I love self-portraits but I hate selfies.
I can never decide which blog post format I should use on my home page(s). Should I use full posts so that all of the content is available by simply scrolling? Should I shorten each post to just a title and a short summary, making it look more consistent and easier to scan? Or maybe I should only include a list of titles, and let people dig in based on that.
To find out what readers actually preferred, I asked the following question on Mastodon and Micro.blog:
When visiting a blog (not via RSS), which layout do you prefer?
- Full posts
- Titles and brief excerpt
- Titles only
I received 64 replies. Here are the results:
I wasn’t surprised by these results, other than the Micro.blog responses leaned quite heavily toward full posts, while Mastodon was split closely between full posts and excerpts.
This helps me with how I present posts on my blog. I will continue using full posts, but I’ll truncate longer articles with a “read more” link to reduce the amount of scrolling needed.
Thanks to everyone who responded!
Here’s a photo. At least it’s something that’s not about blogging.
Or is it?
I remain incapable of consolidating my blogs, social media, etc.
I’m realizing that I have three types of blog posts, “macro”, “micro”, and “nano”.
Normal long-form posts are “macro” posts. Shorter posts or images with commentary are “micro” posts. Then there are the little snippets and random thoughts I can’t help blurting out for some reason. Those are “nano” posts.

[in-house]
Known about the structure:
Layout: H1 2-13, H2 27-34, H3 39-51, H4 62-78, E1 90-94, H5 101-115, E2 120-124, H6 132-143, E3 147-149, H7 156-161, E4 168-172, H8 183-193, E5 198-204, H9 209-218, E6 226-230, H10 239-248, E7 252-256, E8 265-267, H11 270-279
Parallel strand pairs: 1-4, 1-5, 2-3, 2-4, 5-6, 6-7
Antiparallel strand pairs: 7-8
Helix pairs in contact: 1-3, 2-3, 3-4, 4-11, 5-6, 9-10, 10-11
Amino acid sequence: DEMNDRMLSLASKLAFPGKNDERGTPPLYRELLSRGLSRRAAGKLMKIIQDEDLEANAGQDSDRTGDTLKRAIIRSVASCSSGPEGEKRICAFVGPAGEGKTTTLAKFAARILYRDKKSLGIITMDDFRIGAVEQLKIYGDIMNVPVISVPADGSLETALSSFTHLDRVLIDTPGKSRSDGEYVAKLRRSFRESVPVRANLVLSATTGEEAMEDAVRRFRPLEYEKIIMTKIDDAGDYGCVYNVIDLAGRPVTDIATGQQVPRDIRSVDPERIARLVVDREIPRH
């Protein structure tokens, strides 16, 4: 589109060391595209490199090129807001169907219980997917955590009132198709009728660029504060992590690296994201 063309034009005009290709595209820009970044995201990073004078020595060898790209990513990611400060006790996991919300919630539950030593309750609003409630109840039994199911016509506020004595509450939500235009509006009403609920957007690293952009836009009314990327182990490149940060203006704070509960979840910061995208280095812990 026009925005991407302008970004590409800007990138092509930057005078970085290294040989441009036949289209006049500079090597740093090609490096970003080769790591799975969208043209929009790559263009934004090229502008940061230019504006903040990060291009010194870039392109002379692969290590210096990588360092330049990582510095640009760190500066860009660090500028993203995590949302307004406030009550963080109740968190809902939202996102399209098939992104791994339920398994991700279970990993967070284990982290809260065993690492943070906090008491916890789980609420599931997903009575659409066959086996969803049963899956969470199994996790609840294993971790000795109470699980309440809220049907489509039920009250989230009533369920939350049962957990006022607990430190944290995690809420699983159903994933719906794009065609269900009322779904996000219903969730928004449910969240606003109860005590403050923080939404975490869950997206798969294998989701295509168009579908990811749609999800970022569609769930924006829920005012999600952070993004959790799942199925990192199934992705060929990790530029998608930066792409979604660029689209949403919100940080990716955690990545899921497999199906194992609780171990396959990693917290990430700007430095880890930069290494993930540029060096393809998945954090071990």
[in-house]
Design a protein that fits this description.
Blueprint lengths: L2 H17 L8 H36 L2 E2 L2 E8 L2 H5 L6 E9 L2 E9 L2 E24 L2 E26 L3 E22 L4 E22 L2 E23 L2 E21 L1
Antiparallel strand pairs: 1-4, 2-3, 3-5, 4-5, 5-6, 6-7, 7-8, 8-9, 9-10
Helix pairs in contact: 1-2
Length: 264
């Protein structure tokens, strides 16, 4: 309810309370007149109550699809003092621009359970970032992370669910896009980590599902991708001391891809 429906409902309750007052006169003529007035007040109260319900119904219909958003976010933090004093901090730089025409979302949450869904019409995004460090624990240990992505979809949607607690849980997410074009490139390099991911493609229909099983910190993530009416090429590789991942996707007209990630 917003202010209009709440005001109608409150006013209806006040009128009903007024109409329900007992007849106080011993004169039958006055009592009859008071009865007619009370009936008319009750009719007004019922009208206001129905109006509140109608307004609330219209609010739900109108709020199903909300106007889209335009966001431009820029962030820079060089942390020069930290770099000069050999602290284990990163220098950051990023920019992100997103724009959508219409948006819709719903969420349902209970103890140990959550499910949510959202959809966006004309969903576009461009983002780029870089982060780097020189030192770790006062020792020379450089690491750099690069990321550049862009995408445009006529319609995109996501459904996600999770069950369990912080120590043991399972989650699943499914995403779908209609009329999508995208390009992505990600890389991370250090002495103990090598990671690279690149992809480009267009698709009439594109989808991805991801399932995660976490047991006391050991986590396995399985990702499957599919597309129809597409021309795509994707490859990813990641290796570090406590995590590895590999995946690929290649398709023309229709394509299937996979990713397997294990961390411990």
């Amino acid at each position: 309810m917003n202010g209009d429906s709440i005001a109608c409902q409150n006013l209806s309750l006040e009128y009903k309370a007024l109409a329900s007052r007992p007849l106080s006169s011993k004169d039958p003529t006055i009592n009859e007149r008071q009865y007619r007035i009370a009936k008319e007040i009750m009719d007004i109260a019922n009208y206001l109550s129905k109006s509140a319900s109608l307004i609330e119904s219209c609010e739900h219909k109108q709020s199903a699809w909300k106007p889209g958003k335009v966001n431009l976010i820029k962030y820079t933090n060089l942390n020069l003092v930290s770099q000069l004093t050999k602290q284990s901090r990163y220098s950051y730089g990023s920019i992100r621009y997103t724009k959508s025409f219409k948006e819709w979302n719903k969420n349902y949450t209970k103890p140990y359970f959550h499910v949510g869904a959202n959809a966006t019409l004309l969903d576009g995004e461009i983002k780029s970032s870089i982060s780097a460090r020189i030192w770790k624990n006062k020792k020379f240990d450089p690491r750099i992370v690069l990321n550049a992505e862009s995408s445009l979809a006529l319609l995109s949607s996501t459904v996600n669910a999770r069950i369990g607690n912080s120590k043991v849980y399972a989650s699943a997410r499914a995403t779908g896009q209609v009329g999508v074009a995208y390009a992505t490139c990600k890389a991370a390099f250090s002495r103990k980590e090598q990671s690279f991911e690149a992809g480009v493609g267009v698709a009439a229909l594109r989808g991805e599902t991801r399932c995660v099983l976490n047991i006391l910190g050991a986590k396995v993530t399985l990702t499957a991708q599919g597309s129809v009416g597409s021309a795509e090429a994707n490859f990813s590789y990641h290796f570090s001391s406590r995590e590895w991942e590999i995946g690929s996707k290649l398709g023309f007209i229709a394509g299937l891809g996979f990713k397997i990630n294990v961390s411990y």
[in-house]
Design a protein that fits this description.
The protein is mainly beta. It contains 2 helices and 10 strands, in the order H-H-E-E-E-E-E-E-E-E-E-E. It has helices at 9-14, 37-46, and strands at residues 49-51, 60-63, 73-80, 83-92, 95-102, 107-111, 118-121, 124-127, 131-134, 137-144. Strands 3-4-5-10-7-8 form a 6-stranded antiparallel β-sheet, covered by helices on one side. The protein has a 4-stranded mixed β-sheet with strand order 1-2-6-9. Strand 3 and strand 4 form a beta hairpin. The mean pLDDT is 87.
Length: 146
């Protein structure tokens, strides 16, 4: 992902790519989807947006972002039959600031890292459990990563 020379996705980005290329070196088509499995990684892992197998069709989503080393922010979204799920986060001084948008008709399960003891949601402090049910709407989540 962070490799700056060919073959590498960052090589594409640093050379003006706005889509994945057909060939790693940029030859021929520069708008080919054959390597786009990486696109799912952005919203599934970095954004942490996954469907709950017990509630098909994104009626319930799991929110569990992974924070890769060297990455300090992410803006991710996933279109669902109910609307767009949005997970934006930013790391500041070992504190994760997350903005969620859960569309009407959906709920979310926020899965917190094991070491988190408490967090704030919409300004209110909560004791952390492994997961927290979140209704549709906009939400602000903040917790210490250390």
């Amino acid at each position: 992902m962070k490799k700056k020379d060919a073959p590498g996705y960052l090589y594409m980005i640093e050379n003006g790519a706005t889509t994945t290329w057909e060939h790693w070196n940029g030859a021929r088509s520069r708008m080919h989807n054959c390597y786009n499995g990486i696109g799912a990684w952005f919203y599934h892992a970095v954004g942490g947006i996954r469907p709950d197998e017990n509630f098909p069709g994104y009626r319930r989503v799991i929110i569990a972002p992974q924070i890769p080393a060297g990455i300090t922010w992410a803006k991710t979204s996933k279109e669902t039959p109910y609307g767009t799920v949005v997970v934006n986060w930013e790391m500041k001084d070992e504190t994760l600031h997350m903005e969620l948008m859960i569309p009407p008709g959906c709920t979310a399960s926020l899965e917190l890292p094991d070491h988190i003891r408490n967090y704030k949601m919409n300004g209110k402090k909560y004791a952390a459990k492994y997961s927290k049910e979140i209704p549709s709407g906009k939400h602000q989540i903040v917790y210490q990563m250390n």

I could put them all at baty.net and be done with it, but I have yet to find a way to do this using WordPress (or Hugo, for that matter). I never like the way themes render all three types.
I thought I could do macro posts at baty.net and the rest at jack.micro.blog, but for some reason, I hesitate to post my little nonsense thoughts there because it feels weird having them saved as “real” blog posts. I can’t explain it, but those little “nano” posts make more sense to me on an actual social network like Mastodon.
This morning, I spun up a new Mastodon instance as my “official” social media presence. I wanted my own domain, and baty.social is as good as any. It’s eponymous, short, and I’d already paid for it a few months ago. So now I’m posting the nano posts at @email@example.com.
Micro.blog can act as an account on the Fediverse, but I think I prefer using Mastodon for that.
I’m not sure that there’s a meaningful difference between micro and nano posts, so this is an experiment. If it continues to feel right, great. If not, I’ll try something else.
You all remember Evernote, right? For years (beginning in the late 2000s), Evernote was the note-taking tool for many of us. Then, they got weird, started selling merchandise and branded scanners, and made odd tangental mobile apps for some reason. Evernote seemed to have lost focus.Continue reading…
Let’s face it, I enjoy trying different ways of publishing and tinkering with the tools for doing so. Once in a while, I spread myself a little too thin and consider drastic consolidation. You know, the dream of One True Blog™.
In an effort to figure this out, I thought I’d write down the types of content I post most frequently, and where that content might belong.Continue reading…